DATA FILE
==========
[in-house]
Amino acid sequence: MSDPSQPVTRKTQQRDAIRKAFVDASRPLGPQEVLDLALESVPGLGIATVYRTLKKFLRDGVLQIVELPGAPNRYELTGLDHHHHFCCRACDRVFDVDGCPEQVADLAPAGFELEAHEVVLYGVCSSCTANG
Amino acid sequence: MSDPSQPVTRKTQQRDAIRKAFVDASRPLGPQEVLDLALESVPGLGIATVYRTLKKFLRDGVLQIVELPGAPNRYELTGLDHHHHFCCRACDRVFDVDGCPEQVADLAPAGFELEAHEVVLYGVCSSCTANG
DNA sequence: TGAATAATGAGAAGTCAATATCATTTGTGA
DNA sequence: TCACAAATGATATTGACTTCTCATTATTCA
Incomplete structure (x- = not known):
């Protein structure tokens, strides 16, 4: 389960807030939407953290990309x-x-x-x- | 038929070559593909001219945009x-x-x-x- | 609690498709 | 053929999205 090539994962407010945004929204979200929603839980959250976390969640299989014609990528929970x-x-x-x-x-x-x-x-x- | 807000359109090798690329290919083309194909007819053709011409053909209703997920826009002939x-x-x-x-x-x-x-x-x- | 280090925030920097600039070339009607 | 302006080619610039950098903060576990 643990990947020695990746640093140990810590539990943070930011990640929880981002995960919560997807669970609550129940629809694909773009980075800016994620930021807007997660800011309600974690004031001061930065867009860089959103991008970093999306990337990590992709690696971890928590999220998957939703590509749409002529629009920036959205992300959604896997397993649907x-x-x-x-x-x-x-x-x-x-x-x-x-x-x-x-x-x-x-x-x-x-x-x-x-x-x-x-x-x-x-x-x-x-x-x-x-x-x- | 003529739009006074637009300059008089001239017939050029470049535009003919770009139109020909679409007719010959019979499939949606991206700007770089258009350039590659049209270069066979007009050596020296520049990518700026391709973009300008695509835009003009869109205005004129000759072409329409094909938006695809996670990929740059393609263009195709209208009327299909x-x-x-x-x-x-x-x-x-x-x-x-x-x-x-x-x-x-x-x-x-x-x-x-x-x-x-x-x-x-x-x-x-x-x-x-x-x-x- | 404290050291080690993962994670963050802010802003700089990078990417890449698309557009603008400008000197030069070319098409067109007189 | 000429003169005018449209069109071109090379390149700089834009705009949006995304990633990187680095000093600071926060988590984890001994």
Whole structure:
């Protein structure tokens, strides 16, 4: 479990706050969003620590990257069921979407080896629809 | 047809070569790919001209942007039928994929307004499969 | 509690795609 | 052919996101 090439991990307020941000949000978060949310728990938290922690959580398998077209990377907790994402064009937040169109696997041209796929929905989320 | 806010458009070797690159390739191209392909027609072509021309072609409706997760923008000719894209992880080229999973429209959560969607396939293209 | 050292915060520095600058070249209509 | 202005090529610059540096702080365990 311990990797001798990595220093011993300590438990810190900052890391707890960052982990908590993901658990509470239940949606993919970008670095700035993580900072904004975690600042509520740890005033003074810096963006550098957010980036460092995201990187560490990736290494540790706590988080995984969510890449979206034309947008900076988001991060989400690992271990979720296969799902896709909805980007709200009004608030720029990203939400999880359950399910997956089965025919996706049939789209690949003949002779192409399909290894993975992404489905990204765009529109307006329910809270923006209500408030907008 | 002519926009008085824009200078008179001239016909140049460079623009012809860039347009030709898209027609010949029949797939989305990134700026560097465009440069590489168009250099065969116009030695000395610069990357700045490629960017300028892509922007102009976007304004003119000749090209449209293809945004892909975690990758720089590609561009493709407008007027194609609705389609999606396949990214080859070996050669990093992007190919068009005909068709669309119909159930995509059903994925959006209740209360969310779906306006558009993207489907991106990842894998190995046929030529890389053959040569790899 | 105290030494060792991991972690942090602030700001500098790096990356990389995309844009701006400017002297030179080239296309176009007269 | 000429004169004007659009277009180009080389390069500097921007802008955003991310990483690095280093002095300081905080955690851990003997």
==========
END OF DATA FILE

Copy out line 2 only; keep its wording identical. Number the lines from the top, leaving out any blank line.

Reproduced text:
Amino acid sequence: MSDPSQPVTRKTQQRDAIRKAFVDASRPLGPQEVLDLALESVPGLGIATVYRTLKKFLRDGVLQIVELPGAPNRYELTGLDHHHHFCCRACDRVFDVDGCPEQVADLAPAGFELEAHEVVLYGVCSSCTANG